For a program that purports to help you find out what codecs are missing from your system, SuperEasy Codec Checker is woefully inadequate. It knew nothing about codecs even mildly off the beaten path such as OGG, Flac, and even common .FLV--this despite the codecs in question being installed on my system, and the company claiming to support them. Even worse, this free program was buggy, throwing .NET errors and ceasing to display its bitmapped buttons correctly.
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Codec Checker's interface is simple, but so is the program.SuperEasy Codec Checker has one possibly useful trick--altering the header of 4CC (a common codec that comes in many wrappers) files so that they appear as a supported file to some early hardware video players. This could be handy for older hardware players, but if your software player is challenged in this regard, it's time for a new one.
You can get nearly the same information that's provided by SuperEasy Codec Checker by simply right-clicking any audio/video file within Windows, selecting properties, and going to the details tab. Even better, you can download the free VLC Player, which understands virtually every codec in existence. Not only does it provide the pertinent codec information, it plays the files as well.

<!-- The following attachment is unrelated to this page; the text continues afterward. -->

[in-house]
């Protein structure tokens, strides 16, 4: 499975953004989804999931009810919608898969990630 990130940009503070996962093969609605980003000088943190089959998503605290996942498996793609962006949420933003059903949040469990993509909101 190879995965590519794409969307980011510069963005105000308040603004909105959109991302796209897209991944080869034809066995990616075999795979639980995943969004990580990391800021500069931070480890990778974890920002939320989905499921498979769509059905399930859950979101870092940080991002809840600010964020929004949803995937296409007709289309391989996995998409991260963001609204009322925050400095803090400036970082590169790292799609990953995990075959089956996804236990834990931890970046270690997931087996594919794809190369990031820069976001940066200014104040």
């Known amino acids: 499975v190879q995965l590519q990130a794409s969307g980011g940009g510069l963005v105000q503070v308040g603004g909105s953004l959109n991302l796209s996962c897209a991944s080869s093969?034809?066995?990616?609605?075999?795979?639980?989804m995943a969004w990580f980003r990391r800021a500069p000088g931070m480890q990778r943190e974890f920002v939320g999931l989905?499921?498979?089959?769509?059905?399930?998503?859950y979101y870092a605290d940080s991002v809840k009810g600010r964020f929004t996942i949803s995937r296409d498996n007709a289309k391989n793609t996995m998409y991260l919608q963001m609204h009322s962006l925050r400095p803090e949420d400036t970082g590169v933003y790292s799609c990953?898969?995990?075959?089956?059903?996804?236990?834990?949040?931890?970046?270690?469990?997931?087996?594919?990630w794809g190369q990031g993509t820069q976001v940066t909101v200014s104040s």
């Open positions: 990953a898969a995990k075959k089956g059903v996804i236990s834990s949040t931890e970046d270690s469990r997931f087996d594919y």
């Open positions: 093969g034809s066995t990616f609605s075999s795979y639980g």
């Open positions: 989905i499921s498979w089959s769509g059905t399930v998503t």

The only reason to download SuperEasy Codec Checker is if you need to change the file header in 4CC video files and don't know how to do it manually (with a hex/disk editor such as TinyEdit or UltraEdit). I'd say this even if the codec checker had worked perfectly for me, especially in light of the stream of advertising for the company's other products at the bottom of the program window.